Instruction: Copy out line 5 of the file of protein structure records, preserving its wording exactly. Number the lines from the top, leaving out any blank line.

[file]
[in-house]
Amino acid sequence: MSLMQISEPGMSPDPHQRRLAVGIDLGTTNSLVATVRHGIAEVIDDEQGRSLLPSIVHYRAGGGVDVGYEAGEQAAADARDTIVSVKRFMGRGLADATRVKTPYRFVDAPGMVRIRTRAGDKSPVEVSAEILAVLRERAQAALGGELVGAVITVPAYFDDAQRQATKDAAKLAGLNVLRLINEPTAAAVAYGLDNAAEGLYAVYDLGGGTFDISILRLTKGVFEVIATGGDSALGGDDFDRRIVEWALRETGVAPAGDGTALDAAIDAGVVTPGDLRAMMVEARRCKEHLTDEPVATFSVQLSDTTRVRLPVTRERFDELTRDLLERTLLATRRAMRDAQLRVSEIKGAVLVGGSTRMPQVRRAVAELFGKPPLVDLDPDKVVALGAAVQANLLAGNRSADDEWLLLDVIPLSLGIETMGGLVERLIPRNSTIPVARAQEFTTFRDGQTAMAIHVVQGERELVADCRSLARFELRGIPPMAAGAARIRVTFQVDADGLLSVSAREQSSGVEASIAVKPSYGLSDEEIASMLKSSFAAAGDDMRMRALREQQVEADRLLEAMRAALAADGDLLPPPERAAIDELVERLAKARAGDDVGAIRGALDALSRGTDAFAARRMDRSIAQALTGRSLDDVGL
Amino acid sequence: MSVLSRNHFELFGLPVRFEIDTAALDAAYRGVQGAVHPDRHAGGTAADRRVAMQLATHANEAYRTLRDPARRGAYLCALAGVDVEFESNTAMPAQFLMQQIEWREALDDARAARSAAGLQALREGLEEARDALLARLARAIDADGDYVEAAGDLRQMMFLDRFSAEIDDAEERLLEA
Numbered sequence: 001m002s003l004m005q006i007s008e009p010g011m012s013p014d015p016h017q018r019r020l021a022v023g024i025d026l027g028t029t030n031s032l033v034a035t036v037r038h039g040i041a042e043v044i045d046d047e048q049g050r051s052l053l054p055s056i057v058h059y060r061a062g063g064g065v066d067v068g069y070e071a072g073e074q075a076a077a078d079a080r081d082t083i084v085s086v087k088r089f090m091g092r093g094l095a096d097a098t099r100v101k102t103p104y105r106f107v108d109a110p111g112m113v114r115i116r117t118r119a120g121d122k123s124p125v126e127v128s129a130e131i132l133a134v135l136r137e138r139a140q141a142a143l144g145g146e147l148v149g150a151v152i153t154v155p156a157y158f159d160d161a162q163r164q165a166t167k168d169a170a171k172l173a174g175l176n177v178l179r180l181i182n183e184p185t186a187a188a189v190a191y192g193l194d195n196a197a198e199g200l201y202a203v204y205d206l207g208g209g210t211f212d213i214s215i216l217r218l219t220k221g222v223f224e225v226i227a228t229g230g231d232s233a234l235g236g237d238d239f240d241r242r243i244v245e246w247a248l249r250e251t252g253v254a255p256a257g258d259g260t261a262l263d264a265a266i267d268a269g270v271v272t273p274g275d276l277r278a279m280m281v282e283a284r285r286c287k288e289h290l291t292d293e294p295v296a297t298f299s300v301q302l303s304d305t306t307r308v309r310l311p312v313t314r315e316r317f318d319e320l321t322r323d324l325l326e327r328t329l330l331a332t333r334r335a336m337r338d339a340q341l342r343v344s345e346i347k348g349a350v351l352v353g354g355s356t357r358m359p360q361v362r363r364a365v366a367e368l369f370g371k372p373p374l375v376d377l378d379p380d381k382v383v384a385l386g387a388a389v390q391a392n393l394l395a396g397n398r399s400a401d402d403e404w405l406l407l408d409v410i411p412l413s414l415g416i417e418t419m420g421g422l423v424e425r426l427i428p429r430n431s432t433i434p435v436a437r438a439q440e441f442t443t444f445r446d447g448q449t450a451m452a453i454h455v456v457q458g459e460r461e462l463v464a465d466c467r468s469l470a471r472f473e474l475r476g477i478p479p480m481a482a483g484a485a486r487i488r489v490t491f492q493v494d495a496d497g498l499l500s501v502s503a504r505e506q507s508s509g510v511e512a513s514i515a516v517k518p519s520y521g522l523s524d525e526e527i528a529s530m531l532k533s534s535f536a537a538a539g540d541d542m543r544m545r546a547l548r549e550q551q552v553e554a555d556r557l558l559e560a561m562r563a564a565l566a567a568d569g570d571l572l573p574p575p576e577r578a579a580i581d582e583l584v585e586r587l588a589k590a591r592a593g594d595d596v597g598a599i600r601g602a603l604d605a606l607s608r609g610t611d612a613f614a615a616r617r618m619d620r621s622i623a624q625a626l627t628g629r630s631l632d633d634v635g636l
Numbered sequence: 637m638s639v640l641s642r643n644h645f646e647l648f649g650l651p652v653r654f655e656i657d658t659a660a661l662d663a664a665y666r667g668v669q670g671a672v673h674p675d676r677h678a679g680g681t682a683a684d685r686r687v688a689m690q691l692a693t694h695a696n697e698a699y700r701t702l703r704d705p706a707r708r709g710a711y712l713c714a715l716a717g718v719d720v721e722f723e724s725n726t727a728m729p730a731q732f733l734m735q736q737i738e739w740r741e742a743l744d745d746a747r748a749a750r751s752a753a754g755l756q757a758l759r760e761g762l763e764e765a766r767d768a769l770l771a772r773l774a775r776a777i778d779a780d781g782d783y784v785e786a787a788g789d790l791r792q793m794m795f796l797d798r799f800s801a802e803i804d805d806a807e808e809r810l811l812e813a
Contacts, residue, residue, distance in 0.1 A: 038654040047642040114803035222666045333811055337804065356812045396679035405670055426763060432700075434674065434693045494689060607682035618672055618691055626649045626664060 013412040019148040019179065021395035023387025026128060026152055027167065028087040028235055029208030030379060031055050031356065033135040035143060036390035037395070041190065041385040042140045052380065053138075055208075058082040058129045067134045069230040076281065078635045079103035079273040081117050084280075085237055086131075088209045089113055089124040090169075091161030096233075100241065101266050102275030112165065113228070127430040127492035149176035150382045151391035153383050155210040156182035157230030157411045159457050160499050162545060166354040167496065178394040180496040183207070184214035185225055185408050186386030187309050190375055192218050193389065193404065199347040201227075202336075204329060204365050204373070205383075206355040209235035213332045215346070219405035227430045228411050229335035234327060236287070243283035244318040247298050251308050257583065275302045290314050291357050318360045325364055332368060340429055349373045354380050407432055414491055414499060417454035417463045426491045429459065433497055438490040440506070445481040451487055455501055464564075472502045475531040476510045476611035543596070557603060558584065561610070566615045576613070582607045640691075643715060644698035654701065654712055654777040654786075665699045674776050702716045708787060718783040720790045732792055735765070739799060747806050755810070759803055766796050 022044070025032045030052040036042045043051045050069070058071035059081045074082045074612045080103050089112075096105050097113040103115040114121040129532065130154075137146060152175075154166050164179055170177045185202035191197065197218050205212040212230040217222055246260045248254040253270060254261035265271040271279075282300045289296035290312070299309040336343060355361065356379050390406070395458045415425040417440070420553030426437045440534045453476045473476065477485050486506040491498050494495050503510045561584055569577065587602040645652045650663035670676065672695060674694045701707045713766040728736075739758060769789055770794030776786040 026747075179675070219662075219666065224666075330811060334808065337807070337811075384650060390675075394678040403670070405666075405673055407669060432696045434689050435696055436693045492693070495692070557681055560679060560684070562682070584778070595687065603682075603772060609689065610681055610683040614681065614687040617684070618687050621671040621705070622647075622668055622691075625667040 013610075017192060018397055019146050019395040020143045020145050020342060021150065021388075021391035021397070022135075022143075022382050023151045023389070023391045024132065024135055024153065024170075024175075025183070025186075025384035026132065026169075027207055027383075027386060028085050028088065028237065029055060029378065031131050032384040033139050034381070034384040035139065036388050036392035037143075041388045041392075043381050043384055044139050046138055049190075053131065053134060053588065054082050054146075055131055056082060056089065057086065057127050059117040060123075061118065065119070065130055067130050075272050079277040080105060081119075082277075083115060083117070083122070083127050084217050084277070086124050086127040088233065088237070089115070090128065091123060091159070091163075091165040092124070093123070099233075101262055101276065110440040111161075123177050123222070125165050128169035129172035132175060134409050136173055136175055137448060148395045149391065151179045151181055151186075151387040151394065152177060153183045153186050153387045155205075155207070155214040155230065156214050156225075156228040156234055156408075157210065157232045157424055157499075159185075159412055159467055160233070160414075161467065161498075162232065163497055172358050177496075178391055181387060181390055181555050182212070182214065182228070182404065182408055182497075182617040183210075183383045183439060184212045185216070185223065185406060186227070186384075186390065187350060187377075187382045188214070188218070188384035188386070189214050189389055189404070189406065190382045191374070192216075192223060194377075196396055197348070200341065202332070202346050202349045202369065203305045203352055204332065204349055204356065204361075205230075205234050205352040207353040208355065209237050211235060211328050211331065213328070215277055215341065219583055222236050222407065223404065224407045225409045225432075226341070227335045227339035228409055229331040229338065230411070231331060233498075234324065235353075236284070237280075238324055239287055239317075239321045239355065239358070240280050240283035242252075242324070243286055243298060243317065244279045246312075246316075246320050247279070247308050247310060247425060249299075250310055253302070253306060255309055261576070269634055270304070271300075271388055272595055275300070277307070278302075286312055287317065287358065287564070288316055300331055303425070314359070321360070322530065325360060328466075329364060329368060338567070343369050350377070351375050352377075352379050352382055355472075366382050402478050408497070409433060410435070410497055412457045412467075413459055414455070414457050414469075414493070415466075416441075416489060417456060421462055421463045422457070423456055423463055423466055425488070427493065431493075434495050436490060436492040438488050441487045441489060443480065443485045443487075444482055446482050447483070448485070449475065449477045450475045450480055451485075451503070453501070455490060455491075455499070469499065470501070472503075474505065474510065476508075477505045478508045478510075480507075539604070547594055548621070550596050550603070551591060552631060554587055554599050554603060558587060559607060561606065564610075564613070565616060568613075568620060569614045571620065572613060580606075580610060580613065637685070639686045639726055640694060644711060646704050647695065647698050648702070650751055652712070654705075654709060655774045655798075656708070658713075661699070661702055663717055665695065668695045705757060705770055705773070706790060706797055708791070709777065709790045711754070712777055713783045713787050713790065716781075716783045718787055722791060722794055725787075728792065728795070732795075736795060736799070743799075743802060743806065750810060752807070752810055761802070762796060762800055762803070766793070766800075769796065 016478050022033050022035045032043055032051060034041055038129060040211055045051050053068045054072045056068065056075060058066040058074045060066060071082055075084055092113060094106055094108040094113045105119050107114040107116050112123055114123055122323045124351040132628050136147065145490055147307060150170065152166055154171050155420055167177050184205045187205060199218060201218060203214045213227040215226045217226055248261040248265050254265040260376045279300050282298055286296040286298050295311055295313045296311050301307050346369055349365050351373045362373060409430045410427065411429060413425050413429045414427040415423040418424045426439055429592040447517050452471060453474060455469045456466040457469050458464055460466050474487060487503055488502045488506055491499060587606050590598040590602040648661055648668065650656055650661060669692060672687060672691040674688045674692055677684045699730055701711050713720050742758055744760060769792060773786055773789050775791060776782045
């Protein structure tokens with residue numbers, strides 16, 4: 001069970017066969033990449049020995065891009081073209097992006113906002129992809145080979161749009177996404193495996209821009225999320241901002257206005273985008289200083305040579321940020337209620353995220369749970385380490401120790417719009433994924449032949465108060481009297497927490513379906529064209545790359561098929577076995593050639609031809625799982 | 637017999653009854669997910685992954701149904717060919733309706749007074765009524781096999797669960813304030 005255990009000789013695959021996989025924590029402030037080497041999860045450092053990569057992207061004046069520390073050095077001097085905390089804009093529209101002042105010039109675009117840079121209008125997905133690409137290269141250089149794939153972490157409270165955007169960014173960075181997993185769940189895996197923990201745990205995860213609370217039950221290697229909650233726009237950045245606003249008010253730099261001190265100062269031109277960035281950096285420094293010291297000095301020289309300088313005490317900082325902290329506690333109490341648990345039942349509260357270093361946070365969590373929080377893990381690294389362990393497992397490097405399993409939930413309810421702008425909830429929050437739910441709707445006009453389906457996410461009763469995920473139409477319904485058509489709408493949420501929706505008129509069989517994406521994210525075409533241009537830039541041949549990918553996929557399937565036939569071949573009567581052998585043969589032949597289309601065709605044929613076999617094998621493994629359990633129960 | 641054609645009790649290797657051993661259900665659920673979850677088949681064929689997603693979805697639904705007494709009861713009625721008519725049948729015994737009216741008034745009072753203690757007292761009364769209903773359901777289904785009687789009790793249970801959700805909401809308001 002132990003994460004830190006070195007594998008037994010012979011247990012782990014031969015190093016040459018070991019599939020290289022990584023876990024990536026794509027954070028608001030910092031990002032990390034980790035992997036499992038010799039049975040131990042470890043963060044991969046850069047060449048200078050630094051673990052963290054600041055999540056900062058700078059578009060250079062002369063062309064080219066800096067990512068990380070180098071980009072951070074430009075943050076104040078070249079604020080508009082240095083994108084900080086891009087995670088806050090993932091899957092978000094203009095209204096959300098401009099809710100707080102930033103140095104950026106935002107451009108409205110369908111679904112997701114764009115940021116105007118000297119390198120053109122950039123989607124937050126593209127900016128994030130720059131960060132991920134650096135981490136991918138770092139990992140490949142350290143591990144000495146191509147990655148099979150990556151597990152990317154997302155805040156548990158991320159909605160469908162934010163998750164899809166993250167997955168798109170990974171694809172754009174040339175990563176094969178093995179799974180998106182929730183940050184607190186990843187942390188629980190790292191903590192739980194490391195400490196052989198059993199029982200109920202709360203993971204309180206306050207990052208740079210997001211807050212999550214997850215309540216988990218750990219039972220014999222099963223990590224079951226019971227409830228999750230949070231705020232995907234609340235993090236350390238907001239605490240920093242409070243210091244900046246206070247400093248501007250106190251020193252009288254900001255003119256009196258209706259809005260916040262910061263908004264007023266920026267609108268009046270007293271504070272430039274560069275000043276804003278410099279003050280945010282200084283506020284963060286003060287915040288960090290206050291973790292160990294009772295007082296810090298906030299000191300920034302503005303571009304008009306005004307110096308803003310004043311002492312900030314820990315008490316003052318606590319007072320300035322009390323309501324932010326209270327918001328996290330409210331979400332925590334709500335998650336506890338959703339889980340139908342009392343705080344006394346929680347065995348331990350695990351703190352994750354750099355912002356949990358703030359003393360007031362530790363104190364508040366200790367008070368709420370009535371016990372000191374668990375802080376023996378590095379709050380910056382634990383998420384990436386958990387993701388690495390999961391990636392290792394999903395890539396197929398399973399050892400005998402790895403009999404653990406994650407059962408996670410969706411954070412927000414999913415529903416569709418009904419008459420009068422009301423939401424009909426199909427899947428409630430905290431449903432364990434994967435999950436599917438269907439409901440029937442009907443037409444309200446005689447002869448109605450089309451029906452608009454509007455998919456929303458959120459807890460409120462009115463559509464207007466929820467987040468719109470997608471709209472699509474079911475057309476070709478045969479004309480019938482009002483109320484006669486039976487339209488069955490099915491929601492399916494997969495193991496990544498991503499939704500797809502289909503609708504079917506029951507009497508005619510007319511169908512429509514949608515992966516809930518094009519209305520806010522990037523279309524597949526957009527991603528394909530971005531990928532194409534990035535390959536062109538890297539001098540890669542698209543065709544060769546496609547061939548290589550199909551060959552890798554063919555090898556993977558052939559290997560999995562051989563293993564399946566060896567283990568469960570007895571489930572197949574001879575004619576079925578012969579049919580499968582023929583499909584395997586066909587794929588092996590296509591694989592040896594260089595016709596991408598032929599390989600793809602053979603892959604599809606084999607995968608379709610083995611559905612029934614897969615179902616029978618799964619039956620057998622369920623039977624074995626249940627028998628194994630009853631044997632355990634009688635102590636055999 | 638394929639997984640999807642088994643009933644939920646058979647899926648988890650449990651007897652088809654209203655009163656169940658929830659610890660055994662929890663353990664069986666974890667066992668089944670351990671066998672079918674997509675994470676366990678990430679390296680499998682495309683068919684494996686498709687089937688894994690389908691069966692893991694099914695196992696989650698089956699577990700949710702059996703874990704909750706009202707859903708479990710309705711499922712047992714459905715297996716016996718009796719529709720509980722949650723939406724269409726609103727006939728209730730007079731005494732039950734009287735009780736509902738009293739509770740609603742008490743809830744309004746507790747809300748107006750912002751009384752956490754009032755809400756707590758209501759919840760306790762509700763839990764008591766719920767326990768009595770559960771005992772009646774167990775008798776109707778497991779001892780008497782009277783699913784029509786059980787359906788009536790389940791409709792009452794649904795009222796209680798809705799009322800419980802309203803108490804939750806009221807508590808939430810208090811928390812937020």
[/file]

Numbered sequence: 637m638s639v640l641s642r643n644h645f646e647l648f649g650l651p652v653r654f655e656i657d658t659a660a661l662d663a664a665y666r667g668v669q670g671a672v673h674p675d676r677h678a679g680g681t682a683a684d685r686r687v688a689m690q691l692a693t694h695a696n697e698a699y700r701t702l703r704d705p706a707r708r709g710a711y712l713c714a715l716a717g718v719d720v721e722f723e724s725n726t727a728m729p730a731q732f733l734m735q736q737i738e739w740r741e742a743l744d745d746a747r748a749a750r751s752a753a754g755l756q757a758l759r760e761g762l763e764e765a766r767d768a769l770l771a772r773l774a775r776a777i778d779a780d781g782d783y784v785e786a787a788g789d790l791r792q793m794m795f796l797d798r799f800s801a802e803i804d805d806a807e808e809r810l811l812e813a